In other words, his gift for seeing the forest makes one wonder if he is misreading some of the trees.

I find this critique accurate, time-tested, and confirming of my own reading of Wright over the years.

Why No Historical Theology?

One of the temptations and weaknesses of the New Testament guild is to neglect church history and historical theology. This is understandable; as Wright laments in his closing essay, one cannot possibly master even the contemporary literature on Paul, let alone what others over the centuries have said. Even to master the literature on a single Pauline letter is itself a full-time job--and of course, as soon as you feel on top of the secondary literature, a fresh wave of journal articles and monographs appears and the mastery instantly vanishes!

But it does not follow that just because one cannot cover all the contemporary perspective therefore one should say nothing about historical perspectives. In his 2009 justification book, Wright repeated aligned himself with Calvin as over against Luther. But the way he cast the two key reformers bent both of them out of shape, especially Luther. Why not have a chapter in the 2017 volume on Wright's reading of the reformers, or just of Calvin? Someone like Mike Allen or Mike Horton or Gerald Bray or Tony Lane could have provided a fascinating essay. The essay on a postmodern reading of Wright could easily have been dropped to make room for such a chapter.

Befitting the current academic climate, there's a chapter putting Wright in dialogue with Barth--but Wright doesn't engage with Barth in his books. He does engage with Calvin and others. And Barth's own historical hero was Calvin. Go to Calvin and see what he and the reformers would say of Wright's vision of Pauline theology. (This volume did just this.)

One way we can learn from Wright without letting him set all the terms in such discussions (putting us in danger of missing key questions that Paul probes but Wright doesn't) is to ask what thinkers 200 and 500 and 900 years ago were saying about Paul's letters.

As C. S. Lewis put it, there are two ways to get out of your own time and thus expose your generation's blind spots: (1) Get in a time machine and travel into the future and see what writers are saying about Paul; (2) Get in a time machine and travel into the past and do so. We can't do #1, but we can do #2, and we miss a great opportunity for fresh insight if we don't.

The Cappadocians and the Puritans and the Princeton School didn't have the Dead Sea Scrolls or SBL. But their insight into what Paul was saying often outstrips our own, sometimes in surprising, refreshing ways.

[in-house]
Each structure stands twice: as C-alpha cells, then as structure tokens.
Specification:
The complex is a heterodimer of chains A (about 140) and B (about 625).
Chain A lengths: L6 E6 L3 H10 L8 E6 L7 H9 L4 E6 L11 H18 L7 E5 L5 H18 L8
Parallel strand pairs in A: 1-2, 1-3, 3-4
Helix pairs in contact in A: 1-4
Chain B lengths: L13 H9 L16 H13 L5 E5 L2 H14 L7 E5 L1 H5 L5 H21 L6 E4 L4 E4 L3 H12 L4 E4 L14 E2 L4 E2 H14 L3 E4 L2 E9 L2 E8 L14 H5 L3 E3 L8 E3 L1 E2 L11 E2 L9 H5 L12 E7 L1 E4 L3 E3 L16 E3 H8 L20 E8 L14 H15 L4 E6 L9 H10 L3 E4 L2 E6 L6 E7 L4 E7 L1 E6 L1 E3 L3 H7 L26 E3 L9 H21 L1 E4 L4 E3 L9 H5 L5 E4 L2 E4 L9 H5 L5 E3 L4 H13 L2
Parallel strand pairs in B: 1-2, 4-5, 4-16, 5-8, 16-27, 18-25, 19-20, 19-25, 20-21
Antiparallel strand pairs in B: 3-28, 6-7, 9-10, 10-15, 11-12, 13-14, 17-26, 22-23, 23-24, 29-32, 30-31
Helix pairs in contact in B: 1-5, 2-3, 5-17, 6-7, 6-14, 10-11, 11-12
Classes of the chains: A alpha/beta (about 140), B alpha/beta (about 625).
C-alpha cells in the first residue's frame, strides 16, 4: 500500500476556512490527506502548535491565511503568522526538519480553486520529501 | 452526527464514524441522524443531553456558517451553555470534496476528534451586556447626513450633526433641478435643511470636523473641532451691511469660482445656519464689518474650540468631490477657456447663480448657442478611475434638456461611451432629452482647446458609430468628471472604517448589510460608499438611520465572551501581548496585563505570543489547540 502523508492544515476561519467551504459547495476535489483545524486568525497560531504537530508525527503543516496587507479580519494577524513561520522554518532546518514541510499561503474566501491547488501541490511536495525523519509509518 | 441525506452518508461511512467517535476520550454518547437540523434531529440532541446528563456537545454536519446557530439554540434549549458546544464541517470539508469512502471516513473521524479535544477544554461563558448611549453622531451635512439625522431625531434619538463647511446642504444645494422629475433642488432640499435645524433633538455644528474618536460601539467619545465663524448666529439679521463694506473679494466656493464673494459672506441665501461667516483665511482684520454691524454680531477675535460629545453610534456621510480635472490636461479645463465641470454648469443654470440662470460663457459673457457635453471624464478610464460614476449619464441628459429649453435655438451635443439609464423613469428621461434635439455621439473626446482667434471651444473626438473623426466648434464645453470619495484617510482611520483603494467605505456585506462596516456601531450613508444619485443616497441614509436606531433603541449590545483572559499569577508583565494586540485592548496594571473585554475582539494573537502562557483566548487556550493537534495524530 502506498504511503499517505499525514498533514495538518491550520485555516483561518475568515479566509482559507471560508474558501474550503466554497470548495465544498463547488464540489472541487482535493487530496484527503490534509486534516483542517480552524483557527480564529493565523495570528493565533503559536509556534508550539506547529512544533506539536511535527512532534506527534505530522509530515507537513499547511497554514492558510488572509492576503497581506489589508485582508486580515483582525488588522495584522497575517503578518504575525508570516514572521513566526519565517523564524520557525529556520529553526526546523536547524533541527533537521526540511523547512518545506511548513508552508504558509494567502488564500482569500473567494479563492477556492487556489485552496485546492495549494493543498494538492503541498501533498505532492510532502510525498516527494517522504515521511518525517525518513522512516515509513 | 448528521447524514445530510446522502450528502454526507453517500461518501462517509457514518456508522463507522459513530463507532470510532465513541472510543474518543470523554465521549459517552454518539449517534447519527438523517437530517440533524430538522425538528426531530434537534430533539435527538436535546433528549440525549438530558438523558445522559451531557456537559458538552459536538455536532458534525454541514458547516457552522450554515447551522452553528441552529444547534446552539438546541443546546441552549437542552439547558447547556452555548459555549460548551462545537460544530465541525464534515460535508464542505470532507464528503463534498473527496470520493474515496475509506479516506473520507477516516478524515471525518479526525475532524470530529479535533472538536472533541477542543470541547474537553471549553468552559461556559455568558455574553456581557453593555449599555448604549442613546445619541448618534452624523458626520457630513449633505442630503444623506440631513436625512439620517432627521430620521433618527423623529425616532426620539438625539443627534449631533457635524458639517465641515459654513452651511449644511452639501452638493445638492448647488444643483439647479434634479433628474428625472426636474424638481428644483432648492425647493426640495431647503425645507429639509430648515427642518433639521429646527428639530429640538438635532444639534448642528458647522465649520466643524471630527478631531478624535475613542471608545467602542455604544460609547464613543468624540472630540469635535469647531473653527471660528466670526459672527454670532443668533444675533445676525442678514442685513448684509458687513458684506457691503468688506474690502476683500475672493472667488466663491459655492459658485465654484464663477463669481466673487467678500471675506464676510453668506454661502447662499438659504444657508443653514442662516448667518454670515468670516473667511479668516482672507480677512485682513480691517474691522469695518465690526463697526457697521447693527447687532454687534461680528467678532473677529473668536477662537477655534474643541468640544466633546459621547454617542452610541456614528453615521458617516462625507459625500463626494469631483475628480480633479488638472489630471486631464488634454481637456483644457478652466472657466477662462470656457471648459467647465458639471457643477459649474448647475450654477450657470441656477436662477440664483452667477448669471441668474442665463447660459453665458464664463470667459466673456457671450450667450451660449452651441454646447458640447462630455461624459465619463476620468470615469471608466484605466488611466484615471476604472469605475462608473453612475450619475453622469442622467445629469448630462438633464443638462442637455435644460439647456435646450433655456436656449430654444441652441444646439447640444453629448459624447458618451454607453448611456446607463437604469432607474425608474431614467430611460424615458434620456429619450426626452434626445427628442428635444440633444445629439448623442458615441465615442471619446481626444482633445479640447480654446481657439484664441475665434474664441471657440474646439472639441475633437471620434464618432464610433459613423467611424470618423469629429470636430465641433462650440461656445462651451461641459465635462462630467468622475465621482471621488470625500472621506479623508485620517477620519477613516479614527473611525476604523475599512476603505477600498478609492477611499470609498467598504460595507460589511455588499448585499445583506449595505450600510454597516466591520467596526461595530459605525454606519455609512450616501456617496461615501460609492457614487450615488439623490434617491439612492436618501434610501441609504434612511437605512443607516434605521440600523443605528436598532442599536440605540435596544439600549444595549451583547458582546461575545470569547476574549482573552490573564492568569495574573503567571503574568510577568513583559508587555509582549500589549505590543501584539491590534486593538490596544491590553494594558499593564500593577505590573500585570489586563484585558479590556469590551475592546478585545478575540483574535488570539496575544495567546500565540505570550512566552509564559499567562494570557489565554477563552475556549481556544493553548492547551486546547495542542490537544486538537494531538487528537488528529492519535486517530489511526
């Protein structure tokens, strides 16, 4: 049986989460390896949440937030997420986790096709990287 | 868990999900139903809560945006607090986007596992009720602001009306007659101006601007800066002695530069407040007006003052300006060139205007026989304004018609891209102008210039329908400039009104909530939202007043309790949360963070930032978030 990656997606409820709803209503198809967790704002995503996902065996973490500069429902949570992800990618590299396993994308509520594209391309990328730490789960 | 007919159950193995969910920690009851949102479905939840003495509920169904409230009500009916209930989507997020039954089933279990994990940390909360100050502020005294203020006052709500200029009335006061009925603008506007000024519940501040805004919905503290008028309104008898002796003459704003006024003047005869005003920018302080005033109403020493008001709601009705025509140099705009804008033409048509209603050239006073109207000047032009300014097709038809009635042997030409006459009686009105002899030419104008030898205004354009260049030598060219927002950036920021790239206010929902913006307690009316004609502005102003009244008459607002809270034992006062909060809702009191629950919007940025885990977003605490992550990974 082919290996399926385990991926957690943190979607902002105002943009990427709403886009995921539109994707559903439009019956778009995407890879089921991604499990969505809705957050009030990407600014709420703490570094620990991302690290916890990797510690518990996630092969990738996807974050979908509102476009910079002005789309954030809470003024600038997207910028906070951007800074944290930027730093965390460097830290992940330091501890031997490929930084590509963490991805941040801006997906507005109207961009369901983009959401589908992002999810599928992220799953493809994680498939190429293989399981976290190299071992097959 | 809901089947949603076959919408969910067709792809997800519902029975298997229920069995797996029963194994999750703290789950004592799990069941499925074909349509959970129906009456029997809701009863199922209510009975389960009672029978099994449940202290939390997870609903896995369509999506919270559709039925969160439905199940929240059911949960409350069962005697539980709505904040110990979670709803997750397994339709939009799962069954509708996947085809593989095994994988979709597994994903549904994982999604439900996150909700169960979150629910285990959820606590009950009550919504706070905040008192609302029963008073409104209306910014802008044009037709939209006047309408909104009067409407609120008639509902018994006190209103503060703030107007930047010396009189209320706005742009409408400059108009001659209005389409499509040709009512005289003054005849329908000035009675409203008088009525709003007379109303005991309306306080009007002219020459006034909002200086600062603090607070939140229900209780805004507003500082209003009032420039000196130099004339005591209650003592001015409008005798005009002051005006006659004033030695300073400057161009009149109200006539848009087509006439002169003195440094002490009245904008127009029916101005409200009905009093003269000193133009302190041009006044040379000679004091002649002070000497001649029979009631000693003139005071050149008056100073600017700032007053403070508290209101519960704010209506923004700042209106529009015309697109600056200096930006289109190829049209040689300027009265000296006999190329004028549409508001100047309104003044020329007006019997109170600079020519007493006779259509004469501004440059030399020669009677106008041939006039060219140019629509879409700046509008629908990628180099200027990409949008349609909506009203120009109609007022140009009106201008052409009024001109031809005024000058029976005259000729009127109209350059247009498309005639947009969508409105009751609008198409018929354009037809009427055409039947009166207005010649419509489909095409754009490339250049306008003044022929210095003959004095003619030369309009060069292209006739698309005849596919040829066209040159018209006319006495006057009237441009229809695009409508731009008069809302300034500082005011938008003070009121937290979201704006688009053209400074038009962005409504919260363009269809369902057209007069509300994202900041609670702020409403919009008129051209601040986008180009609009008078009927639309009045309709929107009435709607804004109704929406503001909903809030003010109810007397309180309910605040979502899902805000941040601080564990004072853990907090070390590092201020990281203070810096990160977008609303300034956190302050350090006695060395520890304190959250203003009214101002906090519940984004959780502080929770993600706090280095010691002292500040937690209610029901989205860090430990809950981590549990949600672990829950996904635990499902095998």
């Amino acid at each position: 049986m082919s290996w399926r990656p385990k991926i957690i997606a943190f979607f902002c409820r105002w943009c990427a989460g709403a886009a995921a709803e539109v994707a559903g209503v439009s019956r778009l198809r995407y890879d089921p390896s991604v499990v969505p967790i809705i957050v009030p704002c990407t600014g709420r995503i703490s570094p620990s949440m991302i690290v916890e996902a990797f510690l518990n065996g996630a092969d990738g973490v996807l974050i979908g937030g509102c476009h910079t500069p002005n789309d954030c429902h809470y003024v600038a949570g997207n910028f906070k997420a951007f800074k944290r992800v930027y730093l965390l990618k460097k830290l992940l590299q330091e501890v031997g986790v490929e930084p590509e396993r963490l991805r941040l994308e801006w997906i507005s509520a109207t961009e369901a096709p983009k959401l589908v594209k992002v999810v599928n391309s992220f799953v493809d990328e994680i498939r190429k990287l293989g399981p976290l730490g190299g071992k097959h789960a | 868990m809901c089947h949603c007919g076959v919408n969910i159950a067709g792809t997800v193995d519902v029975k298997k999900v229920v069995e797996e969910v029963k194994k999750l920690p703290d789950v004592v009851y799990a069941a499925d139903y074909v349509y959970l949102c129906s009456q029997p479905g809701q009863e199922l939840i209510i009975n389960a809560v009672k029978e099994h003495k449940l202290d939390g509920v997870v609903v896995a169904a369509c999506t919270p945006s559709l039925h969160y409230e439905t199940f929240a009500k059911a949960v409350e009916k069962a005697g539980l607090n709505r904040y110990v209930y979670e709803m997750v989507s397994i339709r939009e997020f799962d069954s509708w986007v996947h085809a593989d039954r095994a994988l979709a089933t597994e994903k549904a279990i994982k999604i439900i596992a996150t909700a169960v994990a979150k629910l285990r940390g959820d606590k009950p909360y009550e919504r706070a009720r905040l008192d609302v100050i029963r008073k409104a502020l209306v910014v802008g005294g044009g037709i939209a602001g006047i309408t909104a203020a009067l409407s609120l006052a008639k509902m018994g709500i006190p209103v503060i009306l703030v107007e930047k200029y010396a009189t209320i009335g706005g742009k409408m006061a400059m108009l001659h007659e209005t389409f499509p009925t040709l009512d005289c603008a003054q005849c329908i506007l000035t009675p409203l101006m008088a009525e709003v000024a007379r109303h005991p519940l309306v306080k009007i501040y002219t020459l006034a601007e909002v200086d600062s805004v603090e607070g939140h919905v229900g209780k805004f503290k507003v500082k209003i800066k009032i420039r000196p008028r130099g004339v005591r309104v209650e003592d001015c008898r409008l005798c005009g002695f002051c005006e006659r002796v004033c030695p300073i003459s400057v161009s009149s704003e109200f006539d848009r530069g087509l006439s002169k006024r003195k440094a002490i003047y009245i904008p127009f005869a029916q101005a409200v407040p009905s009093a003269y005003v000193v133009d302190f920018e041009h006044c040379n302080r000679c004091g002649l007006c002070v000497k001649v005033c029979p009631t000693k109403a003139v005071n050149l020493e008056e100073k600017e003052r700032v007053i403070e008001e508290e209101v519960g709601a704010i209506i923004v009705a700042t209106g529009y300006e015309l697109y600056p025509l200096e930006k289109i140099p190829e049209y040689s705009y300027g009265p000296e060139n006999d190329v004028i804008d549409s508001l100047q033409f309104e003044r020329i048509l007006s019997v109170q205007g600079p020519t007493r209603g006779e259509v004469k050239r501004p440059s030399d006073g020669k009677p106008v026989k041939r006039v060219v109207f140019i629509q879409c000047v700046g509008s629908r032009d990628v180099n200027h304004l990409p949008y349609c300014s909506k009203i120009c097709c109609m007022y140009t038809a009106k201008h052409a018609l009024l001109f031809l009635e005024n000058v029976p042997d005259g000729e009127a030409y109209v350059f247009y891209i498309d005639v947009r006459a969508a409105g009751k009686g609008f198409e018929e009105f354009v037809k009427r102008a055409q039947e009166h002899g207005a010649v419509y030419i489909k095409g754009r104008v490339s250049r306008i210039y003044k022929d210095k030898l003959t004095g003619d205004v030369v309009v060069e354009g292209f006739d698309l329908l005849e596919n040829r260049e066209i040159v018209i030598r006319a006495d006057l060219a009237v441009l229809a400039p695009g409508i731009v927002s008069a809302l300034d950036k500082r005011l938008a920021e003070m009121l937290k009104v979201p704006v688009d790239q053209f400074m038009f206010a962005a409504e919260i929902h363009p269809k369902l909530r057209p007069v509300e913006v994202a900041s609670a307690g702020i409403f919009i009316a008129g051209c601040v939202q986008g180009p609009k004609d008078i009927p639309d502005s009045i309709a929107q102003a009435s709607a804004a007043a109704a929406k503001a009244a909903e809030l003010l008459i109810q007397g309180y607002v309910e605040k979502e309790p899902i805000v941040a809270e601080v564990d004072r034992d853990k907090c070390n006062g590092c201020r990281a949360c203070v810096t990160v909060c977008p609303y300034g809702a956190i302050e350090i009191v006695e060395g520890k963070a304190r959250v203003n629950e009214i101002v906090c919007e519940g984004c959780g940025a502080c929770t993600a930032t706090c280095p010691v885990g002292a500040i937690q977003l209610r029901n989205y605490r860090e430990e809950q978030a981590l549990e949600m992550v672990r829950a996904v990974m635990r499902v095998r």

Why Ignore the Evangelicals?

Several of the contributors are pretty obscure, with some not even working in New Testament. In his closing response essay, Wright points this out more than once. While he appreciated the response from Gregory Sterling on the need to bolster Wright's reading of Paul through engagement with philosophy, Wright was rightly mystified by the essays of a few others who simply were not tracking with his argument (see Andrew McGowan's comments about Wright's use of "symbol" language as an example).

More broadly, I was surprised at how little evangelical scholarship was engaged, by which I mean the work of those who teach at confessional Protestant institutions and who take all 13 letters attributed to Paul as authentically Pauline. Some of the best Paul work is being done by evangelicals--Doug Moo, Greg Beale, Frank Thielman, Don Carson, Clint Arnold, Bob Yarbrough, and others. Tom Schreiner's contribution to Paul study was discussed in the opening essay, but that was about it.

Perhaps if Doug Moo's Pauline theology (in the big Zondervan series that Andreas Kostenberger is editing) had been available, Doug's work would have been more involved in the discussion--it would have been a fascinating exercise to put Moo and Wright in dialogue. But aside from the few pages putting Wright in interaction with Tom Schreiner, there is almost no interaction with evangelical scholarship. One reason that's striking to me is that Wright himself in more than one place has identified Doug Moo as among the most incisive of his critics--"a truly great Paul scholar" were Wright's words. So why not make him a major dialogue partner?

A Few of the More Interesting Chapters

Some of the essays were less useful, connected only glancingly with Wright's project. But a few are worth pointing out as particularly worth reading.

Benjamin Schliesser opened with an essay of impressive breadth as he placed Wright's Paul work among others. The discussion of Dunn vis-a-vis Wright was fascinating. As just mentioned, too bad there wasn't more engagement with evangelicals.